My family didn't purchase a clunky desktop computer until I was in fourth, maybe fifth, grade.
I don't know what drove my parents to do so — pressure from school leaders, a dip in cost or just a gradual evolution of 1990s social norms — but that computer, loaded with the latest edition of the digital multimedia encyclopedia Microsoft Encarta, was the world at my fingertips.
With Encarta, my generation's introduction to something like Google or Wikipedia, I looked up all sorts of details on historical events, geographic regions and exotic animals. I also listened to David Bowie's "Changes" for the first time. I knew him as the shimmering, slightly terrifying, goblin king from "The Labyrinth." My best friend and I would play that song on repeat — though, from what I remember, it was only available as a 30-second loop.
Anyway, I'm going to argue that the Bowie song, released in 1971, is just as relevant to kids growing up today as it was when I was an adolescent. I find this part especially meaningful to life's progression and the way every generation evolves and adapts to the present:
"But still the days seem the same/ And these children that you spit on/ As they try to change their worlds/ Are immune to your consultations/ They're quite aware of what they're goin' through."
Sometimes I think older generations forget that not all young people — millennials and Gen Z alike — were born with computers or laptops on their desks at home or smartphones and tablets in their hands. Even if we were, we are all merely products of the time period we're growing up in. We're all adapting to the changes.
Today, that means we're part of an era where "influencer" is considered a job title, Alexa and Siri are the names of our personal assistants, and companies in the automotive sector are planning for a disruptive — and perhaps driverless — future.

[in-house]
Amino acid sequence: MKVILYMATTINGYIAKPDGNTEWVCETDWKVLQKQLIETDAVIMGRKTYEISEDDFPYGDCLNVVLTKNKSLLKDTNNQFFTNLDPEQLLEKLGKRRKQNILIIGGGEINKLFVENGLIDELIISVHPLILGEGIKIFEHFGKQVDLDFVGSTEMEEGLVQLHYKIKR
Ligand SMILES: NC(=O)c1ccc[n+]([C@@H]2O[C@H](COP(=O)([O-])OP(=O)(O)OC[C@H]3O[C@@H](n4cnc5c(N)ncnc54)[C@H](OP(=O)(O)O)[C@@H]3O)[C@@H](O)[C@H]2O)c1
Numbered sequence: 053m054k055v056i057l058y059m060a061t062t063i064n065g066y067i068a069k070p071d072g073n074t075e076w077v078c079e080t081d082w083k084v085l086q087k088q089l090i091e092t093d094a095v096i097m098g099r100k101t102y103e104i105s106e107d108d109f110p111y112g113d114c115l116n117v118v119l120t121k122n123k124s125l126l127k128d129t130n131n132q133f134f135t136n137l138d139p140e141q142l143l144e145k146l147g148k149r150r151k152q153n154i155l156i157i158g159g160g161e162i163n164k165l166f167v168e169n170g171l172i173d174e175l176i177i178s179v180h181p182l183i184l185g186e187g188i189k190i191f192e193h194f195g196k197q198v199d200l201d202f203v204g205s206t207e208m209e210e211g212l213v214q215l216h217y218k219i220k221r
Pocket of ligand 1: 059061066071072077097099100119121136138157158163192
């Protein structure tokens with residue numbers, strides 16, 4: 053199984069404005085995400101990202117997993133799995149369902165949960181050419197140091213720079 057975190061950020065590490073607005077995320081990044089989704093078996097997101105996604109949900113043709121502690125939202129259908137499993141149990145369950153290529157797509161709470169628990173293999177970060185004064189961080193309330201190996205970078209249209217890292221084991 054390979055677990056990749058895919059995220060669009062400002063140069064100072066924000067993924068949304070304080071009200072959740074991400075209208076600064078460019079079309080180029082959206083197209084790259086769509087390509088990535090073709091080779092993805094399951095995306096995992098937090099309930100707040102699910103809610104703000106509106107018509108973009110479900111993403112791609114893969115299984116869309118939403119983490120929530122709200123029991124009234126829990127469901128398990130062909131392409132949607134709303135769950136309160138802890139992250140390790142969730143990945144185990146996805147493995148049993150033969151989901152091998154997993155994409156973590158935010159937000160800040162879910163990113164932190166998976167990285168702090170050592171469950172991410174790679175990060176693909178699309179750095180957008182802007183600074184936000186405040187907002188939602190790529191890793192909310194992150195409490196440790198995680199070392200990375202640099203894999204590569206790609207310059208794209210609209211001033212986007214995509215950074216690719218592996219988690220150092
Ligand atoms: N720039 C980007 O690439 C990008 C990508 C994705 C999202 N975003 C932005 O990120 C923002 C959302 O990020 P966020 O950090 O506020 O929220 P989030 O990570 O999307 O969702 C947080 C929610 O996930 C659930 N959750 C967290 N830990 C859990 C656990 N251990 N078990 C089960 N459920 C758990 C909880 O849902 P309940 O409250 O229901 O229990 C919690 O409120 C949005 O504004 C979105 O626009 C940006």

Each generation will continue to face big changes in society that are especially driven by technological advancements, many of which we probably can't even begin to imagine yet. As we grow up, we're tasked with finding new solutions to new problems and better solutions to old problems. That's just how life works. Nothing is permanent or guaranteed, but I do believe that every generation shares one thing in common: wanting to make a difference.
And that brings me to the most important point of this column: Plastics News is looking for the next cohort of young people who are making a difference in the plastics industry, whether that means solving today's problems or developing tomorrow's technology.
We'll be featuring the sixth class of Rising Stars in our Aug. 5 edition, and we want to include the brightest in the industry who are under 35 years old. You can nominate yourself or a coworker by visiting www.plasticsnews.com/risingstars. The deadline for applications is June 17.
Time may change how we do certain things, but we can decide what those changes mean for our path forward. And for the plastics industry, I know this next group of Rising Stars is already going to be one step ahead.
LaForest is a Detroit-based Plastics News staff reporter. Follow her on Twitter @audreylafrst.